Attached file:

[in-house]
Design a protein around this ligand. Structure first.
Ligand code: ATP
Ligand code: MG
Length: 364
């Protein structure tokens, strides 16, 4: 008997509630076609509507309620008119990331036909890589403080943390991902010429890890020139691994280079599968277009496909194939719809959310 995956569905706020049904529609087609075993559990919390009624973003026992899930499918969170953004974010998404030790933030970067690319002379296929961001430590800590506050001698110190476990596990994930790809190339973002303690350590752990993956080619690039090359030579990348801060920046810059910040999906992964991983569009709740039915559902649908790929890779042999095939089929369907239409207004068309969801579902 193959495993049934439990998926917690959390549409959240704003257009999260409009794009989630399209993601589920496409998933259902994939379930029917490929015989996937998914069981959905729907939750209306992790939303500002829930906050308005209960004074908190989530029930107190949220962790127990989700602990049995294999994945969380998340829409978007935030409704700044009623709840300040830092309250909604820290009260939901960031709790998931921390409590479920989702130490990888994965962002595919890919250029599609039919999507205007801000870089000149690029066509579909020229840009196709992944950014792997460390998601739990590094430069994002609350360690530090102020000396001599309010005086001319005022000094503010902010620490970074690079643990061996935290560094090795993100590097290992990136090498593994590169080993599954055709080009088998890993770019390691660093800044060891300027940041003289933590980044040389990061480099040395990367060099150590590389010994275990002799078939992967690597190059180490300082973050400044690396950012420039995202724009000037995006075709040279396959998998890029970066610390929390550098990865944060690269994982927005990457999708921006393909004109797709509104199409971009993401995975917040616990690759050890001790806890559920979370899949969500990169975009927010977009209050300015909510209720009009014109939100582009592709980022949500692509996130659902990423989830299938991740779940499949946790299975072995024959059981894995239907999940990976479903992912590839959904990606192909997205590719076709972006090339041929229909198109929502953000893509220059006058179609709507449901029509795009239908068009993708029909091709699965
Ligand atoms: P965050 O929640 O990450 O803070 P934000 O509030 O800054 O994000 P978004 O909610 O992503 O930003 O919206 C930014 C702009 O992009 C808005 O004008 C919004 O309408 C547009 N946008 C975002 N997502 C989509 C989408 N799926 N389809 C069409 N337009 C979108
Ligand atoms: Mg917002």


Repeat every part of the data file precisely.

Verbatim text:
[in-house]
Design a protein around this ligand. Structure first.
Ligand code: ATP
Ligand code: MG
Length: 364
């Protein structure tokens, strides 16, 4: 008997509630076609509507309620008119990331036909890589403080943390991902010429890890020139691994280079599968277009496909194939719809959310 995956569905706020049904529609087609075993559990919390009624973003026992899930499918969170953004974010998404030790933030970067690319002379296929961001430590800590506050001698110190476990596990994930790809190339973002303690350590752990993956080619690039090359030579990348801060920046810059910040999906992964991983569009709740039915559902649908790929890779042999095939089929369907239409207004068309969801579902 193959495993049934439990998926917690959390549409959240704003257009999260409009794009989630399209993601589920496409998933259902994939379930029917490929015989996937998914069981959905729907939750209306992790939303500002829930906050308005209960004074908190989530029930107190949220962790127990989700602990049995294999994945969380998340829409978007935030409704700044009623709840300040830092309250909604820290009260939901960031709790998931921390409590479920989702130490990888994965962002595919890919250029599609039919999507205007801000870089000149690029066509579909020229840009196709992944950014792997460390998601739990590094430069994002609350360690530090102020000396001599309010005086001319005022000094503010902010620490970074690079643990061996935290560094090795993100590097290992990136090498593994590169080993599954055709080009088998890993770019390691660093800044060891300027940041003289933590980044040389990061480099040395990367060099150590590389010994275990002799078939992967690597190059180490300082973050400044690396950012420039995202724009000037995006075709040279396959998998890029970066610390929390550098990865944060690269994982927005990457999708921006393909004109797709509104199409971009993401995975917040616990690759050890001790806890559920979370899949969500990169975009927010977009209050300015909510209720009009014109939100582009592709980022949500692509996130659902990423989830299938991740779940499949946790299975072995024959059981894995239907999940990976479903992912590839959904990606192909997205590719076709972006090339041929229909198109929502953000893509220059006058179609709507449901029509795009239908068009993708029909091709699965
Ligand atoms: P965050 O929640 O990450 O803070 P934000 O509030 O800054 O994000 P978004 O909610 O992503 O930003 O919206 C930014 C702009 O992009 C808005 O004008 C919004 O309408 C547009 N946008 C975002 N997502 C989509 C989408 N799926 N389809 C069409 N337009 C979108
Ligand atoms: Mg917002």